The Impact Story of Business Development Training on Small and Medium Enterprises in the Coastal Region
On a cool evening in August 2013, Mary Akumu, a devoted housewife and a mother received a phone call from a lady who identified herself as Mercy Mwali from KCDP – Taveta informing her that her self-help group – Marasimio Enterprise had been selected to participate in an entrepreneurship training program.
It is at this juncture that her life would soon take an entrepreneurial leap from informal small group projects into a thriving formal business. Mary is one of beneficiaries of the business plan development training program for small and micro enterprises facilitated by Strathmore Business School.
Through a partnership with the World Bank; Kenya Coastal Development Program (KCDP), Coast Development Authority and Strathmore Business School have been offering entrepreneurial training and mentorship to approximately 600 micro and small entrepreneurs drawn from the six counties located in the coastal region: Kilifi, Mombasa, Kwale, Taita Taveta, Lamu and Tana River.
The objective of the Kenya Coastal Development Program is to promote environmentally sustainable management of Kenya’s coastal and marine resources by strengthening the capacity of existing relevant government agencies for instance, Coast Development Authority, by enhancing the capacity of rural micro, small and medium sized enterprises in selected coastal communities.
Like many other community members around her locale, Mary had tried her luck in agribusiness; producing maize for commercial purposes to supplement her family’s income. However, the hurdles of accessing financing and rampant theft of her produce, eventually overwhelmed the profitability of the business.
She noted with great enthusiasm the significant role the training had played in exposing her to numerous and viable business ventures; recalling that topics such as record- keeping, loan management and identification of niche markets were insightful in making her knowledgeable on how to run profitable and sustainable businesses. She affirmed that before the training, she did not have the confidence to venture out into unknown business territories.
Mary is currently a poultry farmer, a venture her and her group members arrived at after observing the supply and demand waves of poultry products around their home town. Through a government project dubbed “Njaa Marufuku”, the group accessed funding of Ksh. 150,000 in September the same year, enabling them to purchase 100 indigenous chicken, with each member acquiring 10.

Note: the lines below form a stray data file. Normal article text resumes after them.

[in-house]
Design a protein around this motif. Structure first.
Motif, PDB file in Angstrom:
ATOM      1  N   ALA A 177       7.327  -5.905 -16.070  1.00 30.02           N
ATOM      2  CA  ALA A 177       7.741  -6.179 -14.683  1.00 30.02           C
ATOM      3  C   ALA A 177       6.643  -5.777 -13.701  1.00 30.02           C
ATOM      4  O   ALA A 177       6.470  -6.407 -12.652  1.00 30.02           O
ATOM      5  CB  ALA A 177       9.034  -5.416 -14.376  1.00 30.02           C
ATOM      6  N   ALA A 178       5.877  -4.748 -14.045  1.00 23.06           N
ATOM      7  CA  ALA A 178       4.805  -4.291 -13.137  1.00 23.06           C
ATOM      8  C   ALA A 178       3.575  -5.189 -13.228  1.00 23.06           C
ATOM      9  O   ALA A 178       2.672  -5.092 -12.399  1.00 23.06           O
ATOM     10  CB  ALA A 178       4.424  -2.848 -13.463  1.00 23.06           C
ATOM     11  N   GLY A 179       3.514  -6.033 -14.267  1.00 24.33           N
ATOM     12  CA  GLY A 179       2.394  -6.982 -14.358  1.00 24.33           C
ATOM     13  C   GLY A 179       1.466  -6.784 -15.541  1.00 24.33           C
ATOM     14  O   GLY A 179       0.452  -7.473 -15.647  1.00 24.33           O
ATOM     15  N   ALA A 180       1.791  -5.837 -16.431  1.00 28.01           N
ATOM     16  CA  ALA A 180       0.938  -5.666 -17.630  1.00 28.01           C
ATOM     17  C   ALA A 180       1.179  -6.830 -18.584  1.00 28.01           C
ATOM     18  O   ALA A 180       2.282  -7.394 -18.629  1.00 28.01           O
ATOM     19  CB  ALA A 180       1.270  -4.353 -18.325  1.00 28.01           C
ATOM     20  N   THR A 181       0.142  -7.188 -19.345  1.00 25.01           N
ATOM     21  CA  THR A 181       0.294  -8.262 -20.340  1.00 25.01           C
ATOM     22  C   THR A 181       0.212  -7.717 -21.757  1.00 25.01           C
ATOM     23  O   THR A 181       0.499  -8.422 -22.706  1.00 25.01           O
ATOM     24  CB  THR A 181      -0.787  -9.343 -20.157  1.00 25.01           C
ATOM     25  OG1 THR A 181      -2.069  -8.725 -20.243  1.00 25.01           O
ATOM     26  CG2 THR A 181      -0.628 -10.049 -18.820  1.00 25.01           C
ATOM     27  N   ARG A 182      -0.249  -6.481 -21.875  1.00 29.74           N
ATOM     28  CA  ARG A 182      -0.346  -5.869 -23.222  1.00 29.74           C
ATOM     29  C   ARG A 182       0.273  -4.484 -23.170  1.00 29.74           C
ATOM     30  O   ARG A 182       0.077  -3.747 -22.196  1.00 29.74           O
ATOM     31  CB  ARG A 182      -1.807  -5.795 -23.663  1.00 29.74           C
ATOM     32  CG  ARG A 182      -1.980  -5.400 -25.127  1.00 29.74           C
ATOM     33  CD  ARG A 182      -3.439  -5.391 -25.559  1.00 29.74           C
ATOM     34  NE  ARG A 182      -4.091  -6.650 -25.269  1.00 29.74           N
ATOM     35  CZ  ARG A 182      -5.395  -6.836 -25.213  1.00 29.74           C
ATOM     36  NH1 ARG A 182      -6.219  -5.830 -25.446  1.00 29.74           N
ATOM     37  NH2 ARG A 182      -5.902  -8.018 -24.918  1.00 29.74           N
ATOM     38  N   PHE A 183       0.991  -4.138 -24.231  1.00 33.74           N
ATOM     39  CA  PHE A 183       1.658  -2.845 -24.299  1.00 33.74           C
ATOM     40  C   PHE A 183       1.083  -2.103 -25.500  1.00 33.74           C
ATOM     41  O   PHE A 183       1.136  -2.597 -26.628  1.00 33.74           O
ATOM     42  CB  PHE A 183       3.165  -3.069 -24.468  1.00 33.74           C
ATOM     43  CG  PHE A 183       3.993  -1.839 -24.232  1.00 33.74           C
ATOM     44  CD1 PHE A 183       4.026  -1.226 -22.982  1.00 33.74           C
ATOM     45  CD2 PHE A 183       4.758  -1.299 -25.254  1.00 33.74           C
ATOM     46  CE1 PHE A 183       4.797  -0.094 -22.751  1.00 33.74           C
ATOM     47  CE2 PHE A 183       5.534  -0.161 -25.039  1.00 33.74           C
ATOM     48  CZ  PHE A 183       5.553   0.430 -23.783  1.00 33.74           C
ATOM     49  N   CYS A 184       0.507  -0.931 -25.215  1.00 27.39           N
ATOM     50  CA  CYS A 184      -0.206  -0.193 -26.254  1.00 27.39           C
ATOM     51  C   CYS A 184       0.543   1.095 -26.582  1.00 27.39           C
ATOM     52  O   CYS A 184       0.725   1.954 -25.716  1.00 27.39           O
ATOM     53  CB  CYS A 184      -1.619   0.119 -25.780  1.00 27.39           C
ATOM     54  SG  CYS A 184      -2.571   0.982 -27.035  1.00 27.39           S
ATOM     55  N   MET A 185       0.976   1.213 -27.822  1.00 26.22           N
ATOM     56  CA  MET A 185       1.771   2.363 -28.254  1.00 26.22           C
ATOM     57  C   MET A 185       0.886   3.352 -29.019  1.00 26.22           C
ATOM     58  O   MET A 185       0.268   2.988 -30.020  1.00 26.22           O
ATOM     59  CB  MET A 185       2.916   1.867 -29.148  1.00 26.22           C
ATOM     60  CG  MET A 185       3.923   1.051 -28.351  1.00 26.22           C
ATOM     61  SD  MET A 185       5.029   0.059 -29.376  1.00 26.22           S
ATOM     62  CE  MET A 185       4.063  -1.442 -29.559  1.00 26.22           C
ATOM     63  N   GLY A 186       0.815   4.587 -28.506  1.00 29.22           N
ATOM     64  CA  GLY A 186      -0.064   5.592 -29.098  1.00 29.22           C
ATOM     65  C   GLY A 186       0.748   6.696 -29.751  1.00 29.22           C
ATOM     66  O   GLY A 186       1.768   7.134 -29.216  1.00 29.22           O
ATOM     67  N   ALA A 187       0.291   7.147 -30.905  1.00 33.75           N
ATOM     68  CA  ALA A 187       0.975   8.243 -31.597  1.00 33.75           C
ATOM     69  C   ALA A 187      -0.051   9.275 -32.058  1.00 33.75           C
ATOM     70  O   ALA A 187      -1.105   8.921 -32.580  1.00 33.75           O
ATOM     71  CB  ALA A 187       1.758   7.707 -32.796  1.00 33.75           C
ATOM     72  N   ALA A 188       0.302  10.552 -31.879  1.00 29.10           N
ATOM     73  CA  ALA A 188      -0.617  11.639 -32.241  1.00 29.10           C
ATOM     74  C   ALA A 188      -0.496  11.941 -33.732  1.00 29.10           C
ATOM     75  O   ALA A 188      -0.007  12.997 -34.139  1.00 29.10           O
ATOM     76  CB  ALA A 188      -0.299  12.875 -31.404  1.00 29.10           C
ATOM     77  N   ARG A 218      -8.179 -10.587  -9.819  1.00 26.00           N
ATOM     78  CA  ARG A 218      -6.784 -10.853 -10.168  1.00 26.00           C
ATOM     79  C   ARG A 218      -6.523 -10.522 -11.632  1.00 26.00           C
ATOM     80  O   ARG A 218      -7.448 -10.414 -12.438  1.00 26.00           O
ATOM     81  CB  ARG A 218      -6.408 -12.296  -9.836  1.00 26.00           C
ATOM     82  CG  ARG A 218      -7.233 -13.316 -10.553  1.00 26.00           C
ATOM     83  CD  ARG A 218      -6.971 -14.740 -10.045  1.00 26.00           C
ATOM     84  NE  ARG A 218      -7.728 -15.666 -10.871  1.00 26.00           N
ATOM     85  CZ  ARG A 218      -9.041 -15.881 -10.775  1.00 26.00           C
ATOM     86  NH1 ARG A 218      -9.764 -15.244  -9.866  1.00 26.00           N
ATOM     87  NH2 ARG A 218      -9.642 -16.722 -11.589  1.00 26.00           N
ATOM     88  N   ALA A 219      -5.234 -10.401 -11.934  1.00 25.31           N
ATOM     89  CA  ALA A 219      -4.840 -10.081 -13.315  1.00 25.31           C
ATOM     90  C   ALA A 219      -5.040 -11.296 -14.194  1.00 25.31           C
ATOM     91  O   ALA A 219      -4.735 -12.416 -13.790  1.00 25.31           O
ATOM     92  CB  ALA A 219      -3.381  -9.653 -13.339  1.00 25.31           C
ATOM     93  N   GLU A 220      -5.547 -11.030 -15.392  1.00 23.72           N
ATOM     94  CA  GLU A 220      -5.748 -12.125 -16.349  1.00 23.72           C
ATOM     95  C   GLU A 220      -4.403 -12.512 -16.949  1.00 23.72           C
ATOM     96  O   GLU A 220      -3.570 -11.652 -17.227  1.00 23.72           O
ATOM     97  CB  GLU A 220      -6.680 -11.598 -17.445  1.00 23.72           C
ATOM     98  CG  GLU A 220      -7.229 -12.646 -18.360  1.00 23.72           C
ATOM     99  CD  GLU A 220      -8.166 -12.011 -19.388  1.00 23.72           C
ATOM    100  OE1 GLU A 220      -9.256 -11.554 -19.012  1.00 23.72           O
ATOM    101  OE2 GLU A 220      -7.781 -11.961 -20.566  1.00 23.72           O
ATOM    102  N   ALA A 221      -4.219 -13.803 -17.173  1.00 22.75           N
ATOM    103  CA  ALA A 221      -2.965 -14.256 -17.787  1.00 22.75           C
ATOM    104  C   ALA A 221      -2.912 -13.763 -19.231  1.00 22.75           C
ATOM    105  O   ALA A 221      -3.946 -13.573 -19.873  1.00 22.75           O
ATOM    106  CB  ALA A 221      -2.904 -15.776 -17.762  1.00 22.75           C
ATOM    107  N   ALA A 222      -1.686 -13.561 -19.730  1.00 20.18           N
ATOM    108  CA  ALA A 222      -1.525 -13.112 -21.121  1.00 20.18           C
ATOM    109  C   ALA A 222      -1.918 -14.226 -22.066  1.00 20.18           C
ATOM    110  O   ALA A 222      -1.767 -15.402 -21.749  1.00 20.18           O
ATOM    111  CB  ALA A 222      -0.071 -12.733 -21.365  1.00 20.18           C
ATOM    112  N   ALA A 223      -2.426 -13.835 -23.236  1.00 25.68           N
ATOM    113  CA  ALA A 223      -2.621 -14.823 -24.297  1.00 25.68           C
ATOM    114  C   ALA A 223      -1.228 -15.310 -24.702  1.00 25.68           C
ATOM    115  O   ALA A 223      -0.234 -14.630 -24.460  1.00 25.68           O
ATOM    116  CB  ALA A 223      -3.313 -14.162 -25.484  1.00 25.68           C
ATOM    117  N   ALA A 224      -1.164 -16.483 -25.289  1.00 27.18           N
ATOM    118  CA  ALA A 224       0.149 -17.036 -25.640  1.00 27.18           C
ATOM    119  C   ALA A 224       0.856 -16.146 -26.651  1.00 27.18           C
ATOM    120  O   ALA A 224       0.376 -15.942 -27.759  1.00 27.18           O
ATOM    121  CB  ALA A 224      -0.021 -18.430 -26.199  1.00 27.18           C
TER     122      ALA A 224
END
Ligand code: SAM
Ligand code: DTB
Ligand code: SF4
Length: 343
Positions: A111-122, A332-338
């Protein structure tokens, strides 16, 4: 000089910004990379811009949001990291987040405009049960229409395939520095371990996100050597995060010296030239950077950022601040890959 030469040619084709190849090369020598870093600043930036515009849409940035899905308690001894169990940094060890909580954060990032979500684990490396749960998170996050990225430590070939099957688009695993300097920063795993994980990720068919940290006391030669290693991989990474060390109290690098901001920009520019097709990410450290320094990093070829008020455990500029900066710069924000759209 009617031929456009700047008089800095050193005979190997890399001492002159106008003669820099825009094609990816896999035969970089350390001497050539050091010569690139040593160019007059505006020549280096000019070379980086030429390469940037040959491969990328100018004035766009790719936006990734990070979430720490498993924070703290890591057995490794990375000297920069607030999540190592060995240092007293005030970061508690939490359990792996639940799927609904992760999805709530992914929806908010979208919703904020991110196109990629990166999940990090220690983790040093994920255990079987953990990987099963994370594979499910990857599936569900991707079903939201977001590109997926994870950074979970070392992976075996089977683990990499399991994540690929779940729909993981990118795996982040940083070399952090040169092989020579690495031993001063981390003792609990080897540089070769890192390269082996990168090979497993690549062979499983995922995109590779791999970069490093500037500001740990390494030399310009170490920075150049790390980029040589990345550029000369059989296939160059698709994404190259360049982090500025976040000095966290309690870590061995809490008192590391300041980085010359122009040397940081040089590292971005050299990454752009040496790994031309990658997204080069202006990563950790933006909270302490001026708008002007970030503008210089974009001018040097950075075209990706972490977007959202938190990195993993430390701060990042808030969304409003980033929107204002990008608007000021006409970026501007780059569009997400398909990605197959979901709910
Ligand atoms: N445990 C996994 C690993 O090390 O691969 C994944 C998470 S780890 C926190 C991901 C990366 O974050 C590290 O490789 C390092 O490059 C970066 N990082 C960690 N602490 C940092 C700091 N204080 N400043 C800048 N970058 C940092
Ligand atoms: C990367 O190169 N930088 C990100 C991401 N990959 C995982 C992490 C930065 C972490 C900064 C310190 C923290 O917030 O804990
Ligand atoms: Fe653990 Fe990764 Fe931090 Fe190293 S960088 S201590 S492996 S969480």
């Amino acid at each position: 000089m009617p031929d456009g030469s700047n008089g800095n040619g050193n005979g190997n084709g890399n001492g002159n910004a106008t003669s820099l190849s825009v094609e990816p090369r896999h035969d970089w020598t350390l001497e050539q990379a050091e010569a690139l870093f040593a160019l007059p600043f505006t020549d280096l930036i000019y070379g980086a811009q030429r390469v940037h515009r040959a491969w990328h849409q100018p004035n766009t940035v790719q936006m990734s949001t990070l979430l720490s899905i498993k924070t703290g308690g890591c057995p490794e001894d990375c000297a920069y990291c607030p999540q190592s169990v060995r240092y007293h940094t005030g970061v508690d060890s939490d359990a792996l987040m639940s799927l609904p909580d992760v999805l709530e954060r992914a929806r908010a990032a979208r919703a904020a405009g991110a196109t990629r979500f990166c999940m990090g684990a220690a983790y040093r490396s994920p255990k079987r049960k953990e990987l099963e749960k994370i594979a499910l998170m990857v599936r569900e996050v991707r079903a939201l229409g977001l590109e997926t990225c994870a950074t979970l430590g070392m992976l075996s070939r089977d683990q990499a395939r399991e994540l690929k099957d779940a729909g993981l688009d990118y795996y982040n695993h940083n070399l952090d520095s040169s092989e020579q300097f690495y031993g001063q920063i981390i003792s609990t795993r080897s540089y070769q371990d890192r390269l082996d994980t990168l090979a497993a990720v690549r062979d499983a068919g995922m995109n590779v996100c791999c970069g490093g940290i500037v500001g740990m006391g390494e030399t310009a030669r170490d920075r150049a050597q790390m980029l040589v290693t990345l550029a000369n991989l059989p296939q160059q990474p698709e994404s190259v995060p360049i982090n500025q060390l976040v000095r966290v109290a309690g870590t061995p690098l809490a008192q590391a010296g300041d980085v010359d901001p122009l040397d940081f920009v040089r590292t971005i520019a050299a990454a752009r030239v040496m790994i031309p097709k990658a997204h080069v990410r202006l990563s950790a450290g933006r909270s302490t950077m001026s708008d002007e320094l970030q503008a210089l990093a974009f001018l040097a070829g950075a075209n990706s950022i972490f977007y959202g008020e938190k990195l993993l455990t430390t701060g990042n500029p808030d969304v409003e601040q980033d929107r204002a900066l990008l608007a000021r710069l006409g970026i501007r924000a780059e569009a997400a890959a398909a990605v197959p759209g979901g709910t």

Mary’s chicken soon increased in number totaling to 318. Her first order, placed for the supply of 650 chicken was an intriguing challenge, which she navigated skillfully. Building the confidence of her clients, her second supply order was revolutionary! She got an order to supply 2,741 chicken from bidders who were not able to fulfil their orders; a capacity she hardly had the volume to meet. As she was still ruminating on how to meet this order, she was called for the second KCDP training session. Like “quenching thirst after a hot and dry spell” the training sessions could not have come at a more opportune moment. She leant about marketing strategies, sales and distribution among other edifying topics, projecting her along the path of honoring the placed order.
As she sourced for chicken across the coastal region; from Kilifi to Malindi, her business grew, birthing the idea to start her own hatchery. She bought an incubator that could hatch 1,584 chicks at a go.
Courtesy of the training, Mary has transformed her business and her family’s wellbeing. Managing her business operations professionally; she records all her transactions, makes good use of debt financing and even makes use of Facebook as a marketing tool for her products. Enhancing the social good of her business, Mary provides employment to the youth and in addition, she brings up adopted children from less fortunate backgrounds.
She aspires to build a bigger poultry house and hence expand her business to even supply to international markets, targeting a capacity of hatching 10,000 chicks a day. She encourages women to be proactive in pursuing entrepreneurship, regardless of how much the capital at hand can finance.
* The Micro and Small Enterprises (MSE) Act 2012, defines SME’s follows: Enterprises with a turnover of Kshs. 500,000 or below and employing not more than 10 people as ‘micro enterprises’ while those whose turnover exceeds KShs 500,000 and less than KShs 5m annually, and employing between 10 and 15 people, are classified as ‘small businesses.’
Click here for more information about the World Bank funded, Kenya Coastal Development Program.